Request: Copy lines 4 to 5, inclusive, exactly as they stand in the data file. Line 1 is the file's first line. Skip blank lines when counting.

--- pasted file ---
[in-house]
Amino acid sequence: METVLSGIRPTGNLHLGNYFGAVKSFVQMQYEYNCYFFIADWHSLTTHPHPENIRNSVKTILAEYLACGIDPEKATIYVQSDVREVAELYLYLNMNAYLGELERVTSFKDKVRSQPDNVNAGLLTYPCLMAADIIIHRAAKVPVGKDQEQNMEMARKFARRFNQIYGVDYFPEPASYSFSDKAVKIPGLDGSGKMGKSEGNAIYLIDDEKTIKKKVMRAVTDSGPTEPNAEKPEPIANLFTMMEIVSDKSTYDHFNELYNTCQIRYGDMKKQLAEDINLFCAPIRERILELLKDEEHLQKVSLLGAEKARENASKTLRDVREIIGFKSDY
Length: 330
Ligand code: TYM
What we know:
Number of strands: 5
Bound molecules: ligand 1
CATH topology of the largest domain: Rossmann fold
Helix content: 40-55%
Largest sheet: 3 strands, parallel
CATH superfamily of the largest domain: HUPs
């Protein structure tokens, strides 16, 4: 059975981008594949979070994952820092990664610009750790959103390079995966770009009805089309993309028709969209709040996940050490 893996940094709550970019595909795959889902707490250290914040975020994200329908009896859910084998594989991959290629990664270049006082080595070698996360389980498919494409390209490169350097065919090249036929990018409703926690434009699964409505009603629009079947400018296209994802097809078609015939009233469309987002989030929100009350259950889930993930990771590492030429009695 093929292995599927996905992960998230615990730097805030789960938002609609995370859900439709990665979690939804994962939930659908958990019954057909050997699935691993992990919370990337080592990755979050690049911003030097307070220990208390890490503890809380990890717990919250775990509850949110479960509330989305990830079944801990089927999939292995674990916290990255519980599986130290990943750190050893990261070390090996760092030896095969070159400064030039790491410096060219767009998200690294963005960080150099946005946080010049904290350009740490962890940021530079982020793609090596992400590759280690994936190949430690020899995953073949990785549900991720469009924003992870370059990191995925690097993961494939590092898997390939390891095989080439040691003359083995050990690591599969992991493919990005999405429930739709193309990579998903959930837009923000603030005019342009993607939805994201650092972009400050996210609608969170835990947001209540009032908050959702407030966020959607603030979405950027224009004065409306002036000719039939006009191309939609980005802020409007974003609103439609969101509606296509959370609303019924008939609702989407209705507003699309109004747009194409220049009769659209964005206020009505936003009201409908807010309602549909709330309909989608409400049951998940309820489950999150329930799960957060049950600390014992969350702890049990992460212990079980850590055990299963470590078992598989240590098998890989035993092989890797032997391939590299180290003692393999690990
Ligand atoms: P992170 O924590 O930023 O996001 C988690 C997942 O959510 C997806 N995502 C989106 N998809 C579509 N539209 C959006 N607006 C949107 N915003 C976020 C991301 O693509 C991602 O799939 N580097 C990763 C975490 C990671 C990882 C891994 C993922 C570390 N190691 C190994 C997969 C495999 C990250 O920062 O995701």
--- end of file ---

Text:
Ligand code: TYM
What we know: